Engineering Firm: Work At Site Of Nexen Spill Done On Tight Schedule


FORT MCMURRAY, Alberta, July 22 (Reuters) - Infrastructure at the site in northern Alberta of one of the biggest oil-related pipeline spills ever on North American soil was installed on a "tight schedule", according to the firm that developed some of the pipeline's safety technology.

The engineering firm, French-based ITP Interpipe, said in a June 2014 presentation to the Society of Petroleum Engineers in Calgary that field work at the site at Nexen Energy's Long Lake oil sands facility, where the spill occurred, was completed in less than 12 months.

The pipeline's leak detection systems failed, and it could have been leaking for weeks before the spill was detected on July 15 by a contractor walking along the line.

On a media tour of the spill site on Wednesday, executives from Nexen, owned by China's CNOOC Ltd, said the project was not rushed.

Nexen's senior vice president, Canadian operations, Ron Bailey, said the company's safety practices had been strengthened since the CNOOC takeover in 2013.

"This is not about a rush job," Bailey said. "This is not about cuts or anything like that. This is an unfortunate accident. We're going to get to the bottom of that."

Nexen said it would likely take months to find the root cause of the leak, which released more than 31,500 barrels of emulsion, a mixture of bitumen, water and sand.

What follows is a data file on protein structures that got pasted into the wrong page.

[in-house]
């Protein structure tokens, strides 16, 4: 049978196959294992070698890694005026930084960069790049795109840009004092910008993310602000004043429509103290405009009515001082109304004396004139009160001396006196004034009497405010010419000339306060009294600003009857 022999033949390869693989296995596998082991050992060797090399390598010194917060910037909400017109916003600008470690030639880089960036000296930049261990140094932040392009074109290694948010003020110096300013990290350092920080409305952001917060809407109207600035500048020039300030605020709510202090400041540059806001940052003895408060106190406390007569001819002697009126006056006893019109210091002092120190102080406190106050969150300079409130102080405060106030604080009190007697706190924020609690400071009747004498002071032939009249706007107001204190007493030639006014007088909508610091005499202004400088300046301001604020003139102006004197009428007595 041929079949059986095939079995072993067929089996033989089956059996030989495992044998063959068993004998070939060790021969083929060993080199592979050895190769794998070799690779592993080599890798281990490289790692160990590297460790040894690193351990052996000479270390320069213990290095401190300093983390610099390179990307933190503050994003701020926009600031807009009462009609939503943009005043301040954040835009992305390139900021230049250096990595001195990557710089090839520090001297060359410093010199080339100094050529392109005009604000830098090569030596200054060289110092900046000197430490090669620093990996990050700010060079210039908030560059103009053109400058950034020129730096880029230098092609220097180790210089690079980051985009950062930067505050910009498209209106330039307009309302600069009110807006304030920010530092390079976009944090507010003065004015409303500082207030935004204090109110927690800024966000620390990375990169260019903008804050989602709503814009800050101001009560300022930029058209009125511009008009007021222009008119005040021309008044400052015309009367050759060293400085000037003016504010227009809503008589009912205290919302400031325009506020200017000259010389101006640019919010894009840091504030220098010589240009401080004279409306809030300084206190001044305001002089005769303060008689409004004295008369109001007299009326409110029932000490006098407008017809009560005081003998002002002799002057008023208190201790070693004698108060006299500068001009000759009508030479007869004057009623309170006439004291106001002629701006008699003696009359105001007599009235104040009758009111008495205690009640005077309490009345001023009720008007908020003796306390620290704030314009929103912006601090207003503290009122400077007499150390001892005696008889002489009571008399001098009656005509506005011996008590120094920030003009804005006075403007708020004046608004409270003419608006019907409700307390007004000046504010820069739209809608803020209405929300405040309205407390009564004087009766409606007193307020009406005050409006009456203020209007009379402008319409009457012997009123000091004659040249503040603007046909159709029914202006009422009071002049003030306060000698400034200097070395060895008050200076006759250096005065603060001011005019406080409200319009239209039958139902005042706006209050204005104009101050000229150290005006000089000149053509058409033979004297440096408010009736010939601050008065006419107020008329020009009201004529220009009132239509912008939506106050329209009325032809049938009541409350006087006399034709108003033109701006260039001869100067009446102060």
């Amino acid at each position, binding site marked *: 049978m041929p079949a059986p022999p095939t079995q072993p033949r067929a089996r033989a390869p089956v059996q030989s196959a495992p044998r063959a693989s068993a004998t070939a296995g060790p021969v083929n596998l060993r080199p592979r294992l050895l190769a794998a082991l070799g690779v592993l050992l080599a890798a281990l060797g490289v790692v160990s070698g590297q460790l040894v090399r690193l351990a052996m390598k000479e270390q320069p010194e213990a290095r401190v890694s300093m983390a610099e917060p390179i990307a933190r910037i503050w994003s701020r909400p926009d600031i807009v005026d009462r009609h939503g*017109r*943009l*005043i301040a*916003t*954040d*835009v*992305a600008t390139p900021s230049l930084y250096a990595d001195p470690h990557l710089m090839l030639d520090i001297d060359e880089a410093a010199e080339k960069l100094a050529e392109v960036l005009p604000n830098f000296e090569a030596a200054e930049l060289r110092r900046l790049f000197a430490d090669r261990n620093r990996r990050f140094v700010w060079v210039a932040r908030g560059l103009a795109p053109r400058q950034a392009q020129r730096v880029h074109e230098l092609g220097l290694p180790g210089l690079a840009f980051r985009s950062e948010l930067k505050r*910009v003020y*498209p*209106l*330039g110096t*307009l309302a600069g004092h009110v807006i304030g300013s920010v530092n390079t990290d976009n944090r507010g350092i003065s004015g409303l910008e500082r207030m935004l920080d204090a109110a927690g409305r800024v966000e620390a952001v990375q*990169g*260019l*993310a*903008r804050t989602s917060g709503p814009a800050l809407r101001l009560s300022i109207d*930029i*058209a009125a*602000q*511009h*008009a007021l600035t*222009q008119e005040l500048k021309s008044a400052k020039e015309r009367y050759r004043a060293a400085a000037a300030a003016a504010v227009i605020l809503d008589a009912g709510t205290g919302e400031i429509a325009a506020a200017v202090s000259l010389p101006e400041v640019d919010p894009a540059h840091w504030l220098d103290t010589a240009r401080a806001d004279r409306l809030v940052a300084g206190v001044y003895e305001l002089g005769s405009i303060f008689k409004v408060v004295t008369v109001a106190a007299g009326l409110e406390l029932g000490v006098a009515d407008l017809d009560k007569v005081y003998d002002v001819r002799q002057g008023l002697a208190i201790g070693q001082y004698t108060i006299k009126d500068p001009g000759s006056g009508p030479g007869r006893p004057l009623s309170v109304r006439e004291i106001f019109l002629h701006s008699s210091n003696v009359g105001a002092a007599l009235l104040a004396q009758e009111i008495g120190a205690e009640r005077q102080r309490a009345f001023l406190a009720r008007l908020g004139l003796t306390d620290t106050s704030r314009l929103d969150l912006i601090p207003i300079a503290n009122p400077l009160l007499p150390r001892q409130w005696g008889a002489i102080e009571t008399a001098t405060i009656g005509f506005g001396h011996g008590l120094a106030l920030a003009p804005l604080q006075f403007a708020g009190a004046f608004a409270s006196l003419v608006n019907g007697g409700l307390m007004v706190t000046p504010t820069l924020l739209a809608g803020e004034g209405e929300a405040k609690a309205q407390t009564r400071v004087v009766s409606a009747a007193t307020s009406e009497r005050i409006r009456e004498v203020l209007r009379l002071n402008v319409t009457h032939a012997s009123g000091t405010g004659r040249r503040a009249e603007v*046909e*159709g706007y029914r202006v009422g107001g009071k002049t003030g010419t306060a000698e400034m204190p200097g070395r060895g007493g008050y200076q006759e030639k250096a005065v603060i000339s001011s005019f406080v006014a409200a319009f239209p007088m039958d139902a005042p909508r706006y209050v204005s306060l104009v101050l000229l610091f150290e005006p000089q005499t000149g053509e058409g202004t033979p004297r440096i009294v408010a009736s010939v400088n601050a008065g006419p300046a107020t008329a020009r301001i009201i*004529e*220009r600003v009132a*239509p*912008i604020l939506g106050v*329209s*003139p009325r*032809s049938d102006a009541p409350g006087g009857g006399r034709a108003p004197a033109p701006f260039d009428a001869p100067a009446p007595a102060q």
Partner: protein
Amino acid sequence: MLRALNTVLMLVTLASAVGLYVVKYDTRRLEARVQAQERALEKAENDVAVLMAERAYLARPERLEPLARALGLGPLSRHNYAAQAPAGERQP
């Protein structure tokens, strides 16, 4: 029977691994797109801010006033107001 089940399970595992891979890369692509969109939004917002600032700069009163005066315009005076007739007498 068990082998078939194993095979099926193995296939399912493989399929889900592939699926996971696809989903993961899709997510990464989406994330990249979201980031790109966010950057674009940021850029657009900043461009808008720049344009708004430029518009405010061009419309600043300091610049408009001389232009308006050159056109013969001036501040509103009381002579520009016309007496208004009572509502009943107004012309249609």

Bailey said the leak likely occurred after June 29, when the pipeline was cleaned with water.

The incident dealt another blow to Canada's oil sands industry in northern Alberta, which is under fire from environmental groups for its carbon-intensive production process.

The ITP employee who delivered the 2014 presentation about the pipeline's technology confirmed that the firm provided the double-wall thermal insulation and other heat-tracing engineering on the pipeline.

"However ITP was not in charge of the steel pipes supply, nor of the design and supply of the leak detection system, nor of the pipeline engineering, installation or operating," ITP said in an e-mailed statement.

A manager at the Alberta Energy Regulator, Colin Woods, said it approved the project but did not do a construction inspection on the line since it was not considered to be at risk. He confirmed that the technology was new and not commonly used.

Bailey said Nexen is putting a high priority on cleaning up the spill and investigating its cause and will not restart the nearby Kinosis oil sands project until the spill's cause is clear and the site cleaned.

(With additional writing by Jeffrey Hodgson; Editing by Peter Galloway)

Copyright 2016 Thomson Reuters. Click for Restrictions.


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Rick McCosh | Jul. 22, 2015
In the final analysis, every oil field disaster is the faut of the regulator. Either the regulations have no teeth, the regulator didnt ensure the regulations were followed, or the regulator didnt enforce the regulations. challenge anyone to give me an example where thi was not the case. Oil companies are in the business of making money as are engineering firms, contractors and suppliers of materials. These are not the people we have to be fearful. If the government agencies did their jobs and the politicians ensured there were enough staff to carry our the work the world would be a safer place. The politicians and the regulators should be the ones gong to ail and personally fined. But then that has never happened. Government has never been responsiblle for their actions.

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